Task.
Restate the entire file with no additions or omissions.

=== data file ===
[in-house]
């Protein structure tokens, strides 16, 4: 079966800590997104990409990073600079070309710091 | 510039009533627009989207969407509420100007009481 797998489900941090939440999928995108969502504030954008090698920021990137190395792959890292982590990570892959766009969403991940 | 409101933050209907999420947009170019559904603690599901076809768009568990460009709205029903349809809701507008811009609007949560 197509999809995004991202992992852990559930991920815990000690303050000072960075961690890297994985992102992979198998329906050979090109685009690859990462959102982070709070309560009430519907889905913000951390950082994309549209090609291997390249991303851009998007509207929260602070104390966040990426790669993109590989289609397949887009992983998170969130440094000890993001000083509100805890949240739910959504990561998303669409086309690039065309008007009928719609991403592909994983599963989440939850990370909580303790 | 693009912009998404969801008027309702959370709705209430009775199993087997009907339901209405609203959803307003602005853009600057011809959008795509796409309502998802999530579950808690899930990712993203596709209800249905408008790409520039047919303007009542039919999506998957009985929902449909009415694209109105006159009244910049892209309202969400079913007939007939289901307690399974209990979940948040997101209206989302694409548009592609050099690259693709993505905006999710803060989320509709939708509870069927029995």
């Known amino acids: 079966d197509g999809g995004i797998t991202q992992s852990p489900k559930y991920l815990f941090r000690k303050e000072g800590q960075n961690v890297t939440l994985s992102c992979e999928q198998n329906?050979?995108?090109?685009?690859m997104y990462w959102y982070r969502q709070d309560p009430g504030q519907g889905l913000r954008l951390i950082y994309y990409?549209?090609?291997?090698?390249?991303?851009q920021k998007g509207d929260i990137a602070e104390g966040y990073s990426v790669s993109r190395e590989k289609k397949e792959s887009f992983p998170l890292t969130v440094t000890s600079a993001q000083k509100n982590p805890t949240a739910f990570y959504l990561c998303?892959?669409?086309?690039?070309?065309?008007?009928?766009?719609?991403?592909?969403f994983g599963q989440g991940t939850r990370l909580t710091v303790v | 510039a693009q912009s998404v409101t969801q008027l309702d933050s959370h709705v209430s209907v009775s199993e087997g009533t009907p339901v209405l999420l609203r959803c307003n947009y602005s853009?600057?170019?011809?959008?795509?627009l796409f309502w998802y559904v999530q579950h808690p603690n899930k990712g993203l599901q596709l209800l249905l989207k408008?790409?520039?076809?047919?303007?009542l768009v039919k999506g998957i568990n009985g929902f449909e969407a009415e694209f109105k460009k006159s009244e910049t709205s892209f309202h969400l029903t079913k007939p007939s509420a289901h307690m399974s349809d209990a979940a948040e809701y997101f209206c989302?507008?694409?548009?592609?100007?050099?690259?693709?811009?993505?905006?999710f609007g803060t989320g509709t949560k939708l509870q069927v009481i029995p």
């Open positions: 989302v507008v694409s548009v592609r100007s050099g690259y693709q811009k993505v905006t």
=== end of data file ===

[in-house]
């Protein structure tokens, strides 16, 4: 079966800590997104990409990073600079070309710091 | 510039009533627009989207969407509420100007009481 797998489900941090939440999928995108969502504030954008090698920021990137190395792959890292982590990570892959766009969403991940 | 409101933050209907999420947009170019559904603690599901076809768009568990460009709205029903349809809701507008811009609007949560 197509999809995004991202992992852990559930991920815990000690303050000072960075961690890297994985992102992979198998329906050979090109685009690859990462959102982070709070309560009430519907889905913000951390950082994309549209090609291997390249991303851009998007509207929260602070104390966040990426790669993109590989289609397949887009992983998170969130440094000890993001000083509100805890949240739910959504990561998303669409086309690039065309008007009928719609991403592909994983599963989440939850990370909580303790 | 693009912009998404969801008027309702959370709705209430009775199993087997009907339901209405609203959803307003602005853009600057011809959008795509796409309502998802999530579950808690899930990712993203596709209800249905408008790409520039047919303007009542039919999506998957009985929902449909009415694209109105006159009244910049892209309202969400079913007939007939289901307690399974209990979940948040997101209206989302694409548009592609050099690259693709993505905006999710803060989320509709939708509870069927029995």
């Known amino acids: 079966d197509g999809g995004i797998t991202q992992s852990p489900k559930y991920l815990f941090r000690k303050e000072g800590q960075n961690v890297t939440l994985s992102c992979e999928q198998n329906?050979?995108?090109?685009?690859m997104y990462w959102y982070r969502q709070d309560p009430g504030q519907g889905l913000r954008l951390i950082y994309y990409?549209?090609?291997?090698?390249?991303?851009q920021k998007g509207d929260i990137a602070e104390g966040y990073s990426v790669s993109r190395e590989k289609k397949e792959s887009f992983p998170l890292t969130v440094t000890s600079a993001q000083k509100n982590p805890t949240a739910f990570y959504l990561c998303?892959?669409?086309?690039?070309?065309?008007?009928?766009?719609?991403?592909?969403f994983g599963q989440g991940t939850r990370l909580t710091v303790v | 510039a693009q912009s998404v409101t969801q008027l309702d933050s959370h709705v209430s209907v009775s199993e087997g009533t009907p339901v209405l999420l609203r959803c307003n947009y602005s853009?600057?170019?011809?959008?795509?627009l796409f309502w998802y559904v999530q579950h808690p603690n899930k990712g993203l599901q596709l209800l249905l989207k408008?790409?520039?076809?047919?303007?009542l768009v039919k999506g998957i568990n009985g929902f449909e969407a009415e694209f109105k460009k006159s009244e910049t709205s892209f309202h969400l029903t079913k007939p007939s509420a289901h307690m399974s349809d209990a979940a948040e809701y997101f209206c989302?507008?694409?548009?592609?100007?050099?690259?693709?811009?993505?905006?999710f609007g803060t989320g509709t949560k939708l509870q069927v009481i029995p």
């Open positions: 989302v507008v694409s548009v592609r100007s050099g690259y693709q811009k993505v905006t």